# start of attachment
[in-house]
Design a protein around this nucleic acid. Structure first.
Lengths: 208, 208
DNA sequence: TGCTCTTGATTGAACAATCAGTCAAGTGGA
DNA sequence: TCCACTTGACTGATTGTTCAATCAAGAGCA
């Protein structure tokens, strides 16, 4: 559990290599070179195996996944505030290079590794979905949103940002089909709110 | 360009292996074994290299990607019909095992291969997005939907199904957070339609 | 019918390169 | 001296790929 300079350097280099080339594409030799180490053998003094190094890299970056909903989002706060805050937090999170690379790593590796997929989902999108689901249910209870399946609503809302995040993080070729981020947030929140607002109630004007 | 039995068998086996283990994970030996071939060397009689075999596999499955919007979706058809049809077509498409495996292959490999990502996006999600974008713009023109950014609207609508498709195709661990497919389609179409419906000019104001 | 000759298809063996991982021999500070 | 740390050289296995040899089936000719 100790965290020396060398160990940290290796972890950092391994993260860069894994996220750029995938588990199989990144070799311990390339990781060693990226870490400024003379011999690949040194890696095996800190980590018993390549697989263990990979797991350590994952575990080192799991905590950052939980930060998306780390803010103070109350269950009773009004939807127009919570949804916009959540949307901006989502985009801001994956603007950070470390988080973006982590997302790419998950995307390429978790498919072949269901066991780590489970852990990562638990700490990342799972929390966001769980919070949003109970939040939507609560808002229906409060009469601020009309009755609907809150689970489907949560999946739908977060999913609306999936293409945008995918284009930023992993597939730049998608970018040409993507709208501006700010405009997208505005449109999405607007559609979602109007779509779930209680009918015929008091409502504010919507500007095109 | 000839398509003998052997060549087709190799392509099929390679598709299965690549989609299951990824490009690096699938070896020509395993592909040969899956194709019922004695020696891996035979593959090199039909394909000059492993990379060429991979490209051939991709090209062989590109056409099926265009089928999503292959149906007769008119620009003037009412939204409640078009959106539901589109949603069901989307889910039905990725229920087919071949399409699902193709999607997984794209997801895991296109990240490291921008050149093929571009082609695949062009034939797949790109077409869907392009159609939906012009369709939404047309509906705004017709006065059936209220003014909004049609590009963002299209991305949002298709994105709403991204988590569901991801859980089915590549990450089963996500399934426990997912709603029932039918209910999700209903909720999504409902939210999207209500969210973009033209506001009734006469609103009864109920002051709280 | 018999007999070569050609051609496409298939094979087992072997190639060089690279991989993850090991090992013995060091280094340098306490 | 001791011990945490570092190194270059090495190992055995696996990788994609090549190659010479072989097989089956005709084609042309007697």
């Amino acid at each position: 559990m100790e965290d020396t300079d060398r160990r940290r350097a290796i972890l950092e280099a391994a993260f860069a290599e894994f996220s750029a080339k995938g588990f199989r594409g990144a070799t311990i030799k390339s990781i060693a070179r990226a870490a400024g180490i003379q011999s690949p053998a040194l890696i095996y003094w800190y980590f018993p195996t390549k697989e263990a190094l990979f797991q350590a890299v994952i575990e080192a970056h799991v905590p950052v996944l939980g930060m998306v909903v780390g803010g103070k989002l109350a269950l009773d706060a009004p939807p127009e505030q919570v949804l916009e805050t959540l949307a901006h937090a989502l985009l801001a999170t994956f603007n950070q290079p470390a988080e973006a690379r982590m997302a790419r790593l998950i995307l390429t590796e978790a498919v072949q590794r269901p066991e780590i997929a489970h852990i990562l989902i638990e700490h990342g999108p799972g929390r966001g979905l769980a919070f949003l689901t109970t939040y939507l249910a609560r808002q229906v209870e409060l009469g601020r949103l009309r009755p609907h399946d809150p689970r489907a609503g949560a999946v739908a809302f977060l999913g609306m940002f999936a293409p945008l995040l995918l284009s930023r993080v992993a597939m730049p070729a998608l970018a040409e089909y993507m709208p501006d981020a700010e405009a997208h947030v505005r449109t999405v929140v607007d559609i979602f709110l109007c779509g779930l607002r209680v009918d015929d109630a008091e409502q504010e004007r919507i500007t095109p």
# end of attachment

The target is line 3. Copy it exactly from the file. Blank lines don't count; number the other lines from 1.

Lengths: 208, 208